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Arundo donax

Pronunciation: A-run-doe doe-nax
Family: Poaceae/gramineae (grass family)
Common Name: Giant reed, carrizo
Plant Type:
  • grasses
Height to: 20'
USDA Hardiness Zones:
  • 0 to -10ºF ZONE 6
  • 10 to 0ºF ZONE 7
  • 20 to 10ºF ZONE 8
  • 30 to 20ºF ZONE 9
  • 40 to 30ºF ZONE 10
  • 50 to 40ºF ZONE 11
Sun Exposure:
  • full sun
Bloom Description: The leaves look like those of a corn plant. Their margins are sharp to the touch and can cut careless hands. The inflorescence, appearing in late summer, is a 1-2 ft (0. 3-0. 6 m) long purplish (aging to silver) plume that stands above the foliage. Giant reed spreads from thick, knobby rhizomes. The foliage dries to light brown in the winter and rattles in the wind.
Soil Type: Giant reed grows best and gets largest with lots of water during the growing season. It thrives in soils that stay moist, and can even tolerate occasional standing water. Unlike most reeds, however, giant reed also does well in average garden soils, where it will not get as large nor spread as aggressively. It even tolerates drought.
Plant Perks:
  • Cut Flower
Propagation: Giant reed can be propagated by rooting sections of the stem in water; pot up when roots have developed and keep moist for a few months before planting out. Giant reed is easy to propagate by dividing off pieces of the rhizome in spring.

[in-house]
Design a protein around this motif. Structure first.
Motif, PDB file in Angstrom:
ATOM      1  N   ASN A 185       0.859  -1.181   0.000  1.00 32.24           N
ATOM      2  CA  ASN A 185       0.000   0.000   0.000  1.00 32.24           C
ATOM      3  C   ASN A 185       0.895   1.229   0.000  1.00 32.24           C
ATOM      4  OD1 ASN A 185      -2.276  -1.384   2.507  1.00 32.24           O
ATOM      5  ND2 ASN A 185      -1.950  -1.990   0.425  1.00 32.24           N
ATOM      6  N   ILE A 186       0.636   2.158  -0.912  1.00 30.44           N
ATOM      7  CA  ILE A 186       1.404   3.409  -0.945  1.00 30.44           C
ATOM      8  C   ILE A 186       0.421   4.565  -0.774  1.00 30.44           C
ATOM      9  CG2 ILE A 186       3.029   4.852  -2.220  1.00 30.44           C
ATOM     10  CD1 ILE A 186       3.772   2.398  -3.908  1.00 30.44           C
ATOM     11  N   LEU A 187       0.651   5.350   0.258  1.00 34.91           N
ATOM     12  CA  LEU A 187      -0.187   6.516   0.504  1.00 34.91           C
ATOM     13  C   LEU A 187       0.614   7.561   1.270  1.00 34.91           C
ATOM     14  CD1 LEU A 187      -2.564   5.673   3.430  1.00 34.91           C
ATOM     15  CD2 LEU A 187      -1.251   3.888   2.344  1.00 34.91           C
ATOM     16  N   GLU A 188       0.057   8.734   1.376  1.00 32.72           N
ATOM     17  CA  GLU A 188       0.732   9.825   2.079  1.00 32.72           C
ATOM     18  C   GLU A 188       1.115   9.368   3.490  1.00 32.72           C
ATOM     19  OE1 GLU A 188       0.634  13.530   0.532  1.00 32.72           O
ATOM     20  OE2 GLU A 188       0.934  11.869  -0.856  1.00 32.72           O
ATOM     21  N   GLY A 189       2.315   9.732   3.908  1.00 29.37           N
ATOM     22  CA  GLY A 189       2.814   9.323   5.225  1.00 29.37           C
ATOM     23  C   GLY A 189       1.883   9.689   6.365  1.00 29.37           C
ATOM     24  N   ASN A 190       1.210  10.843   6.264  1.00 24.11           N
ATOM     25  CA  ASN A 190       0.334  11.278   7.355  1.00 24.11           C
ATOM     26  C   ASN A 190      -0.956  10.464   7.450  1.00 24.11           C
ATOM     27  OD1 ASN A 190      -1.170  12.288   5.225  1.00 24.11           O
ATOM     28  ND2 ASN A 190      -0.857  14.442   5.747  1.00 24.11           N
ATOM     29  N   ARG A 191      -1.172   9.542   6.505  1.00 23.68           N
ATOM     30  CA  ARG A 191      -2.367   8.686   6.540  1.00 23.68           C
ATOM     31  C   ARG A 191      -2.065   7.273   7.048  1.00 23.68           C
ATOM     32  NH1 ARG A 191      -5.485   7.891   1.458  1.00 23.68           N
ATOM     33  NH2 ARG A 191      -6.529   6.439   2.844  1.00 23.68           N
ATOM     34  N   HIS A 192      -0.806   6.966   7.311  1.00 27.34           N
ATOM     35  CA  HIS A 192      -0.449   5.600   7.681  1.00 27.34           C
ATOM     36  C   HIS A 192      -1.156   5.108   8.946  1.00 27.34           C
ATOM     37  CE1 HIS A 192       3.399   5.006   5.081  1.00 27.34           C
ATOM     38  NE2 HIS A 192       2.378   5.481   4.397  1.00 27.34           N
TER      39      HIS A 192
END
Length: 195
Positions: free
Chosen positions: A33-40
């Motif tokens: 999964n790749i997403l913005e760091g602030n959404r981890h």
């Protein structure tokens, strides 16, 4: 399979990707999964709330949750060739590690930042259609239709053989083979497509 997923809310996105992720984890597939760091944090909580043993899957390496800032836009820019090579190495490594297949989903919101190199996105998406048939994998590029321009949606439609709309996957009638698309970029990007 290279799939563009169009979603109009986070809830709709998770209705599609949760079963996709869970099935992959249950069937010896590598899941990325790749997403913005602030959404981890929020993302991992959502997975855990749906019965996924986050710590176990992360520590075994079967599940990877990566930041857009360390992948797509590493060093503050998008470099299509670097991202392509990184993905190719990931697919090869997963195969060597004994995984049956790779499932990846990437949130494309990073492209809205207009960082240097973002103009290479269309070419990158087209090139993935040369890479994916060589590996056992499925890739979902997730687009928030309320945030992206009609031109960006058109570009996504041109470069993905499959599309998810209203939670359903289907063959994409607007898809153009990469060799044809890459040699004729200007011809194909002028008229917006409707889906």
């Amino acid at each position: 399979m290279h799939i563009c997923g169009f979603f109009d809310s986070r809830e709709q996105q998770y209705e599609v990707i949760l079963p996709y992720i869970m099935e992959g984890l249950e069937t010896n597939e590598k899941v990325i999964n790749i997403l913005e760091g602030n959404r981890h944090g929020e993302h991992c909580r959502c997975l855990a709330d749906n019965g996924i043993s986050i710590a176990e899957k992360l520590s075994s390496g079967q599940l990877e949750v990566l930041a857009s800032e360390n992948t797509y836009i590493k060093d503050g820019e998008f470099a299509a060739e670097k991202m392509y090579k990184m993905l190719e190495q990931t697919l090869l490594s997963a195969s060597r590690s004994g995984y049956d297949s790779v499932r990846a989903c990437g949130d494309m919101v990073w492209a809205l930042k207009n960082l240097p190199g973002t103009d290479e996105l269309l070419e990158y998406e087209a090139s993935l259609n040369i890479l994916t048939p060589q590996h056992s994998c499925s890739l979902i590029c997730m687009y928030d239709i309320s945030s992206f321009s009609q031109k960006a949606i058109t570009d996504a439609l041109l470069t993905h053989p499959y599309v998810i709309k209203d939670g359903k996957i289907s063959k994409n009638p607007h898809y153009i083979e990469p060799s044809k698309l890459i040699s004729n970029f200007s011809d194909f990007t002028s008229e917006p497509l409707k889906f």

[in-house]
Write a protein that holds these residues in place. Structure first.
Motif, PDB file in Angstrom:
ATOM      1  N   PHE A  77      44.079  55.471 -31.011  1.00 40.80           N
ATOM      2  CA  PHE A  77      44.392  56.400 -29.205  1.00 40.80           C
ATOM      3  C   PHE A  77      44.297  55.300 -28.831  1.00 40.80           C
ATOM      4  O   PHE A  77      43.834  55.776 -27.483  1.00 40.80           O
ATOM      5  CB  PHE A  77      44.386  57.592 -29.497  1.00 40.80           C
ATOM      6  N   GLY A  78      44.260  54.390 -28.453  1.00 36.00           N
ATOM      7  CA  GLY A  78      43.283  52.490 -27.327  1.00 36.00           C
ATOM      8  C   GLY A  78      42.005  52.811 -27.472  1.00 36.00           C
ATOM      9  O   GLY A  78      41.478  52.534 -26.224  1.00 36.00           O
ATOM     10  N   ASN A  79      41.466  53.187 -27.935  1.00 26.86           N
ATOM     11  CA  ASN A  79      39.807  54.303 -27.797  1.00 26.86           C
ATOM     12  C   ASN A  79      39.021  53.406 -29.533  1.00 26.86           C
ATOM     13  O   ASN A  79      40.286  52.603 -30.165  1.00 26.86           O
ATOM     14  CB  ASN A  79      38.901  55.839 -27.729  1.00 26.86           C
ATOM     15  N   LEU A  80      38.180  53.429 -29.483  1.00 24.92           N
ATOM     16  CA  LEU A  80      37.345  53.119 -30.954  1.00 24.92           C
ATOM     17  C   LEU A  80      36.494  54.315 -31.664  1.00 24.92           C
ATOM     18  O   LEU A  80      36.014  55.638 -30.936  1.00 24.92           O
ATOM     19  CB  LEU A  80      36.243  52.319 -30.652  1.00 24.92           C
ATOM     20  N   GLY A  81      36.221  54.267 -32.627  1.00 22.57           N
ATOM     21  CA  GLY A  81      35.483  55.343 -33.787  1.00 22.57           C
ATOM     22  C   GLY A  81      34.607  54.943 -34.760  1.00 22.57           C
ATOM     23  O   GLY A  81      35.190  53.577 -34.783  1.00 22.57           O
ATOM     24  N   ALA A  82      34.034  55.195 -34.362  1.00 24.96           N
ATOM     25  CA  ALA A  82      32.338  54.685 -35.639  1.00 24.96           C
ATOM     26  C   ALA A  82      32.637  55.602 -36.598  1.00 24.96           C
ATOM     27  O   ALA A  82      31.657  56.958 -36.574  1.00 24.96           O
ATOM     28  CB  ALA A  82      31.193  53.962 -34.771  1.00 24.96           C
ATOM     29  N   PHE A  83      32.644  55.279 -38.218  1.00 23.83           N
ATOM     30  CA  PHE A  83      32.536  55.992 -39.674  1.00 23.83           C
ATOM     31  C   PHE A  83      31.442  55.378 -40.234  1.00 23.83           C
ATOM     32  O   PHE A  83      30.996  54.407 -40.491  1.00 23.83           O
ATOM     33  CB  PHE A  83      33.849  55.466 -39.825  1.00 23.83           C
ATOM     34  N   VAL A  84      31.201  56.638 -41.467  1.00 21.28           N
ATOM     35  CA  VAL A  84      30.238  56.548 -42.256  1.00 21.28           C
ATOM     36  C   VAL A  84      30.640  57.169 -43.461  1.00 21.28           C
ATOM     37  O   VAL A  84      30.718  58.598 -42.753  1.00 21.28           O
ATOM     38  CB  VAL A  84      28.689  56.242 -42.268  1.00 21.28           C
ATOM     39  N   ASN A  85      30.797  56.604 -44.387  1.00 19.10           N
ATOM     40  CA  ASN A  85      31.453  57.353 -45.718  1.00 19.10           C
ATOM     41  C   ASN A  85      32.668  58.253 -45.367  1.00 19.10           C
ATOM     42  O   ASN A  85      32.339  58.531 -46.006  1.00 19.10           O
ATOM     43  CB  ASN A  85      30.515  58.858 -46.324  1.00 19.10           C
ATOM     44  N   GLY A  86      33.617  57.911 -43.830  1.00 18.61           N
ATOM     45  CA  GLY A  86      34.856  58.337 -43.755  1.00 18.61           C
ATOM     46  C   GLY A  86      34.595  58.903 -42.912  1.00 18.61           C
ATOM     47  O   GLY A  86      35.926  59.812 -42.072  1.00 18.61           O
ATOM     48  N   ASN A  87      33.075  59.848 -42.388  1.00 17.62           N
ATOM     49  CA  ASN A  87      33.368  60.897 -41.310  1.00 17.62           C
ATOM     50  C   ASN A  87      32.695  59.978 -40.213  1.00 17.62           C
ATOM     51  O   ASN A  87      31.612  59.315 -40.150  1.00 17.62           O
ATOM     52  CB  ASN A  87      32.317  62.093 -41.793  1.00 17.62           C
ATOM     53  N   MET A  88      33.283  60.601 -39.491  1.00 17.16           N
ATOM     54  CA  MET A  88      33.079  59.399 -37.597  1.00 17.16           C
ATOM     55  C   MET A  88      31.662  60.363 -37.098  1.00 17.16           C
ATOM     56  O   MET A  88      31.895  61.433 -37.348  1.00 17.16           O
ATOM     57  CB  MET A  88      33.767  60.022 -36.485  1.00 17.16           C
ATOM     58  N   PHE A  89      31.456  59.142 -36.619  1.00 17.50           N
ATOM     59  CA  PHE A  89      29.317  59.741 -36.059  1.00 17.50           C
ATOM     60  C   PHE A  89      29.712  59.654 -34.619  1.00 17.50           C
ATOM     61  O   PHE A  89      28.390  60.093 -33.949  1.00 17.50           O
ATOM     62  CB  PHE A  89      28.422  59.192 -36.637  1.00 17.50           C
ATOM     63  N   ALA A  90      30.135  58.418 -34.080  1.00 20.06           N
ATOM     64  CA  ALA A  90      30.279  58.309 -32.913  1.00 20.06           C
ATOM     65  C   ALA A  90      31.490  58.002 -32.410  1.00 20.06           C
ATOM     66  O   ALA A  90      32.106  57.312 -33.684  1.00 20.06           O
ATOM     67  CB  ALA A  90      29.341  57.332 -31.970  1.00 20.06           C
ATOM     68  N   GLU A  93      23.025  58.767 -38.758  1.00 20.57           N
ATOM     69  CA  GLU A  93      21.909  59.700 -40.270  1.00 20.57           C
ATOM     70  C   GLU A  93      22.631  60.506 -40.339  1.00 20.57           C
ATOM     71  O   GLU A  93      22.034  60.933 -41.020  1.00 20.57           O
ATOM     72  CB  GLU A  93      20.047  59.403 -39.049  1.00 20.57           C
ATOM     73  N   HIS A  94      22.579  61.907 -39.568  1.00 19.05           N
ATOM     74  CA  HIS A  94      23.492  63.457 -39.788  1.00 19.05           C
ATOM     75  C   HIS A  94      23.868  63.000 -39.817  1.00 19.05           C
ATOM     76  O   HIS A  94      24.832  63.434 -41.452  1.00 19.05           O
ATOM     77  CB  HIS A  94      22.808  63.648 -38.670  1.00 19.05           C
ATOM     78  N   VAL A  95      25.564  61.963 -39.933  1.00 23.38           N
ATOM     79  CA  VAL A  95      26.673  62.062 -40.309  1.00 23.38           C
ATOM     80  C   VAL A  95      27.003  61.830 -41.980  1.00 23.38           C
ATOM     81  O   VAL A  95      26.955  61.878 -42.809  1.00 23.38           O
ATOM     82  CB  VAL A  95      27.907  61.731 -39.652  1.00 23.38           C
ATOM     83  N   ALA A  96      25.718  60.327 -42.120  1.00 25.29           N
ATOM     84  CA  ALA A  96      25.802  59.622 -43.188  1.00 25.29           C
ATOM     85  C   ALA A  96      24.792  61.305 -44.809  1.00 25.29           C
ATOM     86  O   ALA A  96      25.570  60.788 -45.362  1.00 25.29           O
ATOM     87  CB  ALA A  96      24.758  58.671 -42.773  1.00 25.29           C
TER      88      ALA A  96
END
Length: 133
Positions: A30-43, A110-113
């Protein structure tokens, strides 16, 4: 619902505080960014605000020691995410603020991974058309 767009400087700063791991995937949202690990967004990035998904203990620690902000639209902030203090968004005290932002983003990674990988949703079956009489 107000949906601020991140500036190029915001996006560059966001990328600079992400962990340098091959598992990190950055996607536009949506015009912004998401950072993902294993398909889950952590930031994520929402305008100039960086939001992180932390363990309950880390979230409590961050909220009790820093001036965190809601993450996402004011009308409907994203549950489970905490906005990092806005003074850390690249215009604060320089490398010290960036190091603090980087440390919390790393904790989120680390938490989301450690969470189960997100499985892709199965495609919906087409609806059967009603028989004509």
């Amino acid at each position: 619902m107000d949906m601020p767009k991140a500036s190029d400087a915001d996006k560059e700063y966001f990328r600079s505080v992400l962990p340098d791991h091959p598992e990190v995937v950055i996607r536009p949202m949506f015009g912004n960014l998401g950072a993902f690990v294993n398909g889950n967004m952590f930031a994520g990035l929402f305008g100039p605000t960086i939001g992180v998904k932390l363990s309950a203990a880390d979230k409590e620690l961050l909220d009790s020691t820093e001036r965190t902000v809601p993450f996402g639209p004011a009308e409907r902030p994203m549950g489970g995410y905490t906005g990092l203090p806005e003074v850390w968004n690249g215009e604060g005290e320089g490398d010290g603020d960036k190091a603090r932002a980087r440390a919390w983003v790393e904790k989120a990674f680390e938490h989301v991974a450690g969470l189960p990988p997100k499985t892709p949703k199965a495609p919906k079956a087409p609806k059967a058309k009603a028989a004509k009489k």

Native to: Native to the mediterranean region, giant reed has been widely introduced and is now common in many parts of the world, including the southern u. S. From california to florida and northward on the east coast to maryland. It can be found growing on river banks and in ditches. Giant reed often is planted to control erosion on wet slopes and canal banks. It can be an invasive weed in tropical climates, clogging irrigation ditches and displacing native species in natural wetlands. Giant reed is not invasive in temperate regions.
Notes for Identification: Source: floridata - giant reed is grown as an ornamental for the striking appearance of its large two-ranked leaves that arch gracefully from stout, sometimes purplish stems, and for the huge feather-like panicles of purplish flowers. Not counting the bamboos, this is the largest and tallest ornamental grass, and the tallest grass that can be grown outside the tropics. It is best used as a bold and attention-grabbing accent near water or in the background of large gardens. Use giant reed freely in areas with cold winters, but beware of its aggressive invasiveness and large size in zones 9-11. The large, thick and fluffy flower plumes are excellent in dried arrangements. Cut the plants back in late winter and use the old stems as supports in the vegetable garden. Giant reed is widely planted in wet soils to control erosion. The reeds in woodwind musical instruments are made from the split stems of giant reed, and organ pipes formerly were made from sections of the stem. The durable stems have been woven together to make wattle for use as walls, fences and roofs for thousands of years.  warninggiant reed is invasive, and can crowd out native wetland plants in tropical and subtropical climates.  
Seed photo: 1
Located in: Grasses
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